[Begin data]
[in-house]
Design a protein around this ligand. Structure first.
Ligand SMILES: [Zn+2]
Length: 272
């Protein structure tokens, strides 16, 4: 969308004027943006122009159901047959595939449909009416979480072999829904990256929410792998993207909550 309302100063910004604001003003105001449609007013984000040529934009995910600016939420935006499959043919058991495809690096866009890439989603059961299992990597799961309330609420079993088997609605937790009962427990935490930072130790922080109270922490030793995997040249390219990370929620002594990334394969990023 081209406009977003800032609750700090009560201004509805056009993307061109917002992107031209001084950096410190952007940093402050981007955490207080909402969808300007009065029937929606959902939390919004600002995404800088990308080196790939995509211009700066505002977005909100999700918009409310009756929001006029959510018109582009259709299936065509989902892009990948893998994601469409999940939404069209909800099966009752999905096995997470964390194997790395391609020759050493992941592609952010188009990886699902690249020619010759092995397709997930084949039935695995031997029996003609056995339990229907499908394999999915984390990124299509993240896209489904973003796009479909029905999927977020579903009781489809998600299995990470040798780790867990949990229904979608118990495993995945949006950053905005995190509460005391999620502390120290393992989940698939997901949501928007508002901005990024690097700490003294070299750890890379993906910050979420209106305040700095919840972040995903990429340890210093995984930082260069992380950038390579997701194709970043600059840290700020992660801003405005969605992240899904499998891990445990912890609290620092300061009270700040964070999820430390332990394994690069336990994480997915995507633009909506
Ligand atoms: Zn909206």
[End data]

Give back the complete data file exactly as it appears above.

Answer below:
[in-house]
Design a protein around this ligand. Structure first.
Ligand SMILES: [Zn+2]
Length: 272
């Protein structure tokens, strides 16, 4: 969308004027943006122009159901047959595939449909009416979480072999829904990256929410792998993207909550 309302100063910004604001003003105001449609007013984000040529934009995910600016939420935006499959043919058991495809690096866009890439989603059961299992990597799961309330609420079993088997609605937790009962427990935490930072130790922080109270922490030793995997040249390219990370929620002594990334394969990023 081209406009977003800032609750700090009560201004509805056009993307061109917002992107031209001084950096410190952007940093402050981007955490207080909402969808300007009065029937929606959902939390919004600002995404800088990308080196790939995509211009700066505002977005909100999700918009409310009756929001006029959510018109582009259709299936065509989902892009990948893998994601469409999940939404069209909800099966009752999905096995997470964390194997790395391609020759050493992941592609952010188009990886699902690249020619010759092995397709997930084949039935695995031997029996003609056995339990229907499908394999999915984390990124299509993240896209489904973003796009479909029905999927977020579903009781489809998600299995990470040798780790867990949990229904979608118990495993995945949006950053905005995190509460005391999620502390120290393992989940698939997901949501928007508002901005990024690097700490003294070299750890890379993906910050979420209106305040700095919840972040995903990429340890210093995984930082260069992380950038390579997701194709970043600059840290700020992660801003405005969605992240899904499998891990445990912890609290620092300061009270700040964070999820430390332990394994690069336990994480997915995507633009909506
Ligand atoms: Zn909206």